Our president might have a very shaky grasp of economics and legality, as his faltering performance in parliament last week revealed, but he has a definite take on history and the blame game. He pointed out that the country’s problems began with Jan van Riebeeck more than 350 years ago.

The usefulness of “victimology” as a handy standby for all current failures is that it exempts the claimant from explaining what has happened on the ruling party’s watch – which is coming up for its quarter-century of uninterrupted rule.

Interestingly, two of the better performing fellow Brics members, China and India, overcame quite ghastly pasts to power on to their present levels of relative economic success.

Then there are more standout African economic success stories, such as Rwanda and Ivory Coast. In the case of the former, while South Africa was celebrating its freedom in 1994, that country underwent the worst ethnic genocide witnessed in modern times. But it now outperforms South Africa on business benchmarks, sans excuses, though with a sharp authoritarian undertow.


The Manicheans were a third-century Mesopotamian religion which divided everything into light and dark and, more usefully for our divided land, into black and white. For them and their latter-day adherents there is no place (despite the unlikely success of the EL James sex saga) for grey, not even one shade of it.

If you are on the “right” side then you have a free pass, and if you’re the “wrong” colour just forget about it. Bizarrely, on Monday we witnessed an update on this well-worn trope. Disgraced sushi-king and criminal convict Kenny Kunene tweeted that Zuma’s fiercest internal critic, Derek Hanekom, had “two passports” and was unpatriotic.

In fact, Hanekom was imprisoned for his struggle efforts, from which his detractor was notably absent. Kunene did indeed go to prison – but for running a Ponzi scheme. But black and white and all that.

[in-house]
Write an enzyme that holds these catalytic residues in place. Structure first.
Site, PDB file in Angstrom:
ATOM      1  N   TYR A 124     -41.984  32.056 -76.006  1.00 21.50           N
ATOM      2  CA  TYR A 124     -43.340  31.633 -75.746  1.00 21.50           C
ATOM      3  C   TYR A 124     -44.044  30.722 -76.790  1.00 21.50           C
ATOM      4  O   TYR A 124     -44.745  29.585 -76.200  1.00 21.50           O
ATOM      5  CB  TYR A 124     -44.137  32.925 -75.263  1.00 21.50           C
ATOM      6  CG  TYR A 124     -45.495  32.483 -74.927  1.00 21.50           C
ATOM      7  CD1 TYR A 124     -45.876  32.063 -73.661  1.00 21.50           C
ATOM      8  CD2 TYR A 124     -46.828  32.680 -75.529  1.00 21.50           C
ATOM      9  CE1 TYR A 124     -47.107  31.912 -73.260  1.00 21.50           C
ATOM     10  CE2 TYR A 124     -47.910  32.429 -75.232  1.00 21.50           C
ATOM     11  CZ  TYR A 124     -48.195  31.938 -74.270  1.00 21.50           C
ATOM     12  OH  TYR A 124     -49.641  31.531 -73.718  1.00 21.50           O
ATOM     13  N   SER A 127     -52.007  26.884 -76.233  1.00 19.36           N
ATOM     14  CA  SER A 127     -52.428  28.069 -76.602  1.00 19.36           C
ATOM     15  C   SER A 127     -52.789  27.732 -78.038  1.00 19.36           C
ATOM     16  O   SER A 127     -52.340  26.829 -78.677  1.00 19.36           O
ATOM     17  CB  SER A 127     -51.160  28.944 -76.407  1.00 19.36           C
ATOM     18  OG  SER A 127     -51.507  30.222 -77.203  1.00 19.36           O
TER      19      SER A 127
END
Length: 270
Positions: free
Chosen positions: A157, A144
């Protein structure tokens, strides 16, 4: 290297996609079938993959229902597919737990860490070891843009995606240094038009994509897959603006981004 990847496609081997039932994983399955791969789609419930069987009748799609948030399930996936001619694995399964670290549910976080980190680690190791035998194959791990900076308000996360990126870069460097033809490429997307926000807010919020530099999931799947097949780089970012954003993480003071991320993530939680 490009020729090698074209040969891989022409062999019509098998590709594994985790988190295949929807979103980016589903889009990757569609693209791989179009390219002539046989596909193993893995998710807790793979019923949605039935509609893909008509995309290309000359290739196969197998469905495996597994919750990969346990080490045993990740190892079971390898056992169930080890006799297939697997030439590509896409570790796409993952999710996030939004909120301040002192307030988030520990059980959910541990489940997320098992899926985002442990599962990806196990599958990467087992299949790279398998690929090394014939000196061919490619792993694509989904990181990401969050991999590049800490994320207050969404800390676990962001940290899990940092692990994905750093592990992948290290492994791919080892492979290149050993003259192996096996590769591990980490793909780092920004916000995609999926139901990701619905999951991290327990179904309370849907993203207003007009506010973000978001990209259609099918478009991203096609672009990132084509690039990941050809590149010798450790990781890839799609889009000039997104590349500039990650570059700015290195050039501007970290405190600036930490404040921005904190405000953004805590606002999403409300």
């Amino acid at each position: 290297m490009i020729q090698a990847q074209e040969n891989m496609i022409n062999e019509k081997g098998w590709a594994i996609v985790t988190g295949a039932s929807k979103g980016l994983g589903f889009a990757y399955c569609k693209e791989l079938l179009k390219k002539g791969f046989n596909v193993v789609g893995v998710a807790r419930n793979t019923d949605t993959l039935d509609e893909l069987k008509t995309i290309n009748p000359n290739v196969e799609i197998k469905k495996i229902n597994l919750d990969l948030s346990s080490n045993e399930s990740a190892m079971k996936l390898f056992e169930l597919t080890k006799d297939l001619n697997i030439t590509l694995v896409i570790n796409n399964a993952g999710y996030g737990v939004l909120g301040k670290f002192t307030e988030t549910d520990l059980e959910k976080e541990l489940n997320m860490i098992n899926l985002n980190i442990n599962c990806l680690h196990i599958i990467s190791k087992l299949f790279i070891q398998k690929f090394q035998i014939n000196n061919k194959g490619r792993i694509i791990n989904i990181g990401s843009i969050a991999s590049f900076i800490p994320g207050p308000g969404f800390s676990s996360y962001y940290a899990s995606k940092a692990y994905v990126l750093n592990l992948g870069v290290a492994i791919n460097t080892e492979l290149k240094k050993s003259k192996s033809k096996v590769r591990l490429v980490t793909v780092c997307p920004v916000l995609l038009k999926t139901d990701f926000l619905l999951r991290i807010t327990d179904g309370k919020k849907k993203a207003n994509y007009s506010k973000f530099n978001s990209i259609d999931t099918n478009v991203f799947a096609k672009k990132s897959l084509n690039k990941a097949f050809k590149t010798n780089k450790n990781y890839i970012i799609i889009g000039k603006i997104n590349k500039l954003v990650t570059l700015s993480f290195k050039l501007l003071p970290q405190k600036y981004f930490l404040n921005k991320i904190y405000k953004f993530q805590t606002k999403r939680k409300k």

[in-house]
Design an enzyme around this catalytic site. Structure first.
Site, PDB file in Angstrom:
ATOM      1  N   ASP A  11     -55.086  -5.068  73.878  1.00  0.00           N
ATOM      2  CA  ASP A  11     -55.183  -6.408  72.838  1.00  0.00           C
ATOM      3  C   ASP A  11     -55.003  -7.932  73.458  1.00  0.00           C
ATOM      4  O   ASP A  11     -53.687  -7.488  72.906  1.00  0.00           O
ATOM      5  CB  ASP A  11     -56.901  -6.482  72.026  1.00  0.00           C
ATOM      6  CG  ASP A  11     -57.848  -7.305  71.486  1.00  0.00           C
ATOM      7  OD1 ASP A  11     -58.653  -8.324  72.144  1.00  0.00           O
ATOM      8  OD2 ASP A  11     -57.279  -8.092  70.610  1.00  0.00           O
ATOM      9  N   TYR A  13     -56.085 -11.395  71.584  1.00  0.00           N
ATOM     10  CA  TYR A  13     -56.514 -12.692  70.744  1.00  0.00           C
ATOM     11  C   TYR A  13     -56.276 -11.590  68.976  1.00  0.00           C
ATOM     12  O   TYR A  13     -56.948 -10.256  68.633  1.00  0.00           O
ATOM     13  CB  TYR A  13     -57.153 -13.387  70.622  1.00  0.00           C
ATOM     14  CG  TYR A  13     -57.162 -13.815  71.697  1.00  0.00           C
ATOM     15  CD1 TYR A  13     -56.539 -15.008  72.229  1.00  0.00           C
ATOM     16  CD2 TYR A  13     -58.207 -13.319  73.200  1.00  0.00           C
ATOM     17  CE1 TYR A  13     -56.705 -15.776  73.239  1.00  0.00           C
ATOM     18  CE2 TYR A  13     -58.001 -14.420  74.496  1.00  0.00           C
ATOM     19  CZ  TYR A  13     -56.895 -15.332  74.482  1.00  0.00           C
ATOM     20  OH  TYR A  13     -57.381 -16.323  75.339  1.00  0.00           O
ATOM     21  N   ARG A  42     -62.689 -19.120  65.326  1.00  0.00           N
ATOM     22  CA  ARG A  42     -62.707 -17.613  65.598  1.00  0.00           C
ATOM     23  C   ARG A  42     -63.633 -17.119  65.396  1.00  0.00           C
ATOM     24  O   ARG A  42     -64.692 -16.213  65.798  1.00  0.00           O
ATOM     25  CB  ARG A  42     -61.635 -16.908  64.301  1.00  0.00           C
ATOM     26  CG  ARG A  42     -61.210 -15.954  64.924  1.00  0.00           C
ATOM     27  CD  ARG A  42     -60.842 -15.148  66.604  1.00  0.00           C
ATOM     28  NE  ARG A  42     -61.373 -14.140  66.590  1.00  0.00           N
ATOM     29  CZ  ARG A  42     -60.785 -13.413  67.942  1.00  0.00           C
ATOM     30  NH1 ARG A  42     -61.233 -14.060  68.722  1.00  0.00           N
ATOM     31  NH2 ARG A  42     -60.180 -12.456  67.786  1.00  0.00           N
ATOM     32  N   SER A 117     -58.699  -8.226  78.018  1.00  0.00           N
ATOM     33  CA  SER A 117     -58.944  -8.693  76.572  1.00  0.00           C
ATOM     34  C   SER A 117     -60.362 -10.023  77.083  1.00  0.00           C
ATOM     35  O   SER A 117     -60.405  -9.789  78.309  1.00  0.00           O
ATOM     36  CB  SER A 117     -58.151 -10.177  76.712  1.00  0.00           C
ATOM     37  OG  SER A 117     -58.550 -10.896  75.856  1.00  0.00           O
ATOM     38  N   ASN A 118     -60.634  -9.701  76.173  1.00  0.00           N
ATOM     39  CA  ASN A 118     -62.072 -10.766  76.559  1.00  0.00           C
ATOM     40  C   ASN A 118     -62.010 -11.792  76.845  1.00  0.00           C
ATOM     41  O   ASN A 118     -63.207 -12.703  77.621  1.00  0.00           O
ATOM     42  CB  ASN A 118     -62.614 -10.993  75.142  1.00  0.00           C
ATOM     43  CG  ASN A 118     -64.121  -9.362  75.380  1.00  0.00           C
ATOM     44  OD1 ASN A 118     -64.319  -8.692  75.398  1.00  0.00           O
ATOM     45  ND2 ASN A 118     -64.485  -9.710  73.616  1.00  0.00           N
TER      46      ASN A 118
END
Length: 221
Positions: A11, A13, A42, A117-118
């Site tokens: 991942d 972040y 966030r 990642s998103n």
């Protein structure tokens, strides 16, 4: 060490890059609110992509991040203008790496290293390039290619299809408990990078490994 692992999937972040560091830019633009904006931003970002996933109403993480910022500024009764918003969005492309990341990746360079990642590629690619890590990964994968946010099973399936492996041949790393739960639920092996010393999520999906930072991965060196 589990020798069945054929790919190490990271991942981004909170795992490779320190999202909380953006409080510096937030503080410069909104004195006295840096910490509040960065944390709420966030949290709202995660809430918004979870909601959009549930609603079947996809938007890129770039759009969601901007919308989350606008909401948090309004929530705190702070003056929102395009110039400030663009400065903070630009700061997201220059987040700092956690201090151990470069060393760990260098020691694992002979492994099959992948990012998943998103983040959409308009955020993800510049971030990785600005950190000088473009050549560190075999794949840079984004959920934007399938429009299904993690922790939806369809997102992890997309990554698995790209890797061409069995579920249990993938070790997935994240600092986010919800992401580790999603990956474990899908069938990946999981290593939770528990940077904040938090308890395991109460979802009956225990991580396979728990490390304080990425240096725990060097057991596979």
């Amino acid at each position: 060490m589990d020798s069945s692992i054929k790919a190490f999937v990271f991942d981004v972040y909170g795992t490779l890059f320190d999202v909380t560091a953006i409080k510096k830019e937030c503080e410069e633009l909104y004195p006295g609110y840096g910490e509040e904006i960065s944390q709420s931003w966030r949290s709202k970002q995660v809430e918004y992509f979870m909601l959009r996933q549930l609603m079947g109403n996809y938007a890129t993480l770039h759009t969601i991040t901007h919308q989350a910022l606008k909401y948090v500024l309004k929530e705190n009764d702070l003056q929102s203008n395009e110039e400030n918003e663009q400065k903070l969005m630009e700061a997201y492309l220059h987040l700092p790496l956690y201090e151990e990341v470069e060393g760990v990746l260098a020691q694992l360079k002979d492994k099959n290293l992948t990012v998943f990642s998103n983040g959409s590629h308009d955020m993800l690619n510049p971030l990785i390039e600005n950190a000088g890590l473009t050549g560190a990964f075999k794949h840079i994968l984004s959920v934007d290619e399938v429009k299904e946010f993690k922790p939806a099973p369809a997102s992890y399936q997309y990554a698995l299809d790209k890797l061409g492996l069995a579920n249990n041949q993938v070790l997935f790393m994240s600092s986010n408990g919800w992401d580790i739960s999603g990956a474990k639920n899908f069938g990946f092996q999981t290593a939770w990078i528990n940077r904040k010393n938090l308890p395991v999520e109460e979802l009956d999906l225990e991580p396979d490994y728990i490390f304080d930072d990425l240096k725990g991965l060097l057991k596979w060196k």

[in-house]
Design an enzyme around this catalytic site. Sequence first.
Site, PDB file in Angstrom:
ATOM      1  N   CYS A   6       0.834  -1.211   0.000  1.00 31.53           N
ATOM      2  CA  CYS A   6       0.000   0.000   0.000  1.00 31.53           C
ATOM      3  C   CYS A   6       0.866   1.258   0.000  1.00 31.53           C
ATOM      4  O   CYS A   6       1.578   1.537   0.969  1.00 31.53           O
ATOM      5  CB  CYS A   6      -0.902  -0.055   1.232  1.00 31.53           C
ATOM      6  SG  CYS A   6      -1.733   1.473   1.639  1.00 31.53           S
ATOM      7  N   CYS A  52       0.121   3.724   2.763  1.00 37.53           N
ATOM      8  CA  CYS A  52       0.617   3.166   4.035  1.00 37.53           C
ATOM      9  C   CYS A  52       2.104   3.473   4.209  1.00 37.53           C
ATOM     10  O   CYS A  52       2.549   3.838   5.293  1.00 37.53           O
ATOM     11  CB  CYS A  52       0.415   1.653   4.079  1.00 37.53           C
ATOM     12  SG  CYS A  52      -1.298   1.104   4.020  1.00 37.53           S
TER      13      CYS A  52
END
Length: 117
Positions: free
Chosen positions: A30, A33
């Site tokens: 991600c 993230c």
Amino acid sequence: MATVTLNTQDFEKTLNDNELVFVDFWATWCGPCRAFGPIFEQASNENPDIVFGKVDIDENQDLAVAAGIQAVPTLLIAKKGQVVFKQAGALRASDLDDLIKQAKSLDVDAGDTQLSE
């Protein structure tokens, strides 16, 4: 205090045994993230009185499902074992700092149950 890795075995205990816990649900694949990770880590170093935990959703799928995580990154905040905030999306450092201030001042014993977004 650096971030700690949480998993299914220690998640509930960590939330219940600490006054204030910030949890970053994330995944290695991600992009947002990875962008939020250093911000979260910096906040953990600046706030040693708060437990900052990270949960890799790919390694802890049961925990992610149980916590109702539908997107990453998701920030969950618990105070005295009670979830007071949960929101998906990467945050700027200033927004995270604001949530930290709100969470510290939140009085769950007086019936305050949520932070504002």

Even closer to providing an explanation for current goings-on was that quaint 16th-century heretic group, the Antinomians.

As Geoffrey Wheatcroft explains: “They believed that ‘to the pure all things are pure. If you were of the elect, the saved, you could merrily eat, drink, fornicate (as they duly did) in the certainty of salvation’.”

Think here of South Africa giving lectures on human rights to Israel, for example, while denying the Dalai Lama a visa. Or simply ignoring the immense human rights violations of Fidel Castro, post mortem, because he contributed to the struggle against apartheid. Etc, etc, etc.


You could not make up a lot of what goes on here but, happily or otherwise, this applies across the world this year. Brexit and the Trumpquake come to mind. It has become a universal thing: electing people to office whom the voters support but don’t believe are qualified for office.

Journalist Andrew Rawnsley pointed out that the leader of Italy’s populist Five Star movement, which has taken power in Rome, is led by a comedian with the slogan vaffanculo (which translates as “f*** off”).

But with these improbable events comes irony: who would have thought that the last significant liberal democratic leader in the world today would be the chancellor of Germany?


Strangely, this story line did not feature in the recent computerised study of literary archetypes. Maybe it is implied. The unanswered question is whether we will ever witness such an ending here?